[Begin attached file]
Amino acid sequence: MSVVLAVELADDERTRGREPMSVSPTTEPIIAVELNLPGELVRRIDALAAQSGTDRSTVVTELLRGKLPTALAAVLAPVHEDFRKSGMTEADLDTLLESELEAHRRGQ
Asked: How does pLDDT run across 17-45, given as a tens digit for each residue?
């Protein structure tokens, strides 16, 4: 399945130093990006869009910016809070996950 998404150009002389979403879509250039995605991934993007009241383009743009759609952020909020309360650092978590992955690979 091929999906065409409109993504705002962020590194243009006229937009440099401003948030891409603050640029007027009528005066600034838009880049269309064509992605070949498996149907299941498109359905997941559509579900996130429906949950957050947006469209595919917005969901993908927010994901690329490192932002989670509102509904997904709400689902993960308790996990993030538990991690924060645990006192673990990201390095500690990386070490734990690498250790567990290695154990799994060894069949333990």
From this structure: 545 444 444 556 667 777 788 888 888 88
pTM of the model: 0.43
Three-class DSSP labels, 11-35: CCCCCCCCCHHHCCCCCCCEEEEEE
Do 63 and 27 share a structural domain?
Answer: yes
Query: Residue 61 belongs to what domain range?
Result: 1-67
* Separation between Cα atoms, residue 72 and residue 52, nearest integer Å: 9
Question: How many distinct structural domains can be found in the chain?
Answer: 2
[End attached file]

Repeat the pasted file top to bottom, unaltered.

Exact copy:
Amino acid sequence: MSVVLAVELADDERTRGREPMSVSPTTEPIIAVELNLPGELVRRIDALAAQSGTDRSTVVTELLRGKLPTALAAVLAPVHEDFRKSGMTEADLDTLLESELEAHRRGQ
Asked: How does pLDDT run across 17-45, given as a tens digit for each residue?
């Protein structure tokens, strides 16, 4: 399945130093990006869009910016809070996950 998404150009002389979403879509250039995605991934993007009241383009743009759609952020909020309360650092978590992955690979 091929999906065409409109993504705002962020590194243009006229937009440099401003948030891409603050640029007027009528005066600034838009880049269309064509992605070949498996149907299941498109359905997941559509579900996130429906949950957050947006469209595919917005969901993908927010994901690329490192932002989670509102509904997904709400689902993960308790996990993030538990991690924060645990006192673990990201390095500690990386070490734990690498250790567990290695154990799994060894069949333990």
From this structure: 545 444 444 556 667 777 788 888 888 88
pTM of the model: 0.43
Three-class DSSP labels, 11-35: CCCCCCCCCHHHCCCCCCCEEEEEE
Do 63 and 27 share a structural domain?
Answer: yes
Query: Residue 61 belongs to what domain range?
Result: 1-67
* Separation between Cα atoms, residue 72 and residue 52, nearest integer Å: 9
Question: How many distinct structural domains can be found in the chain?
Answer: 2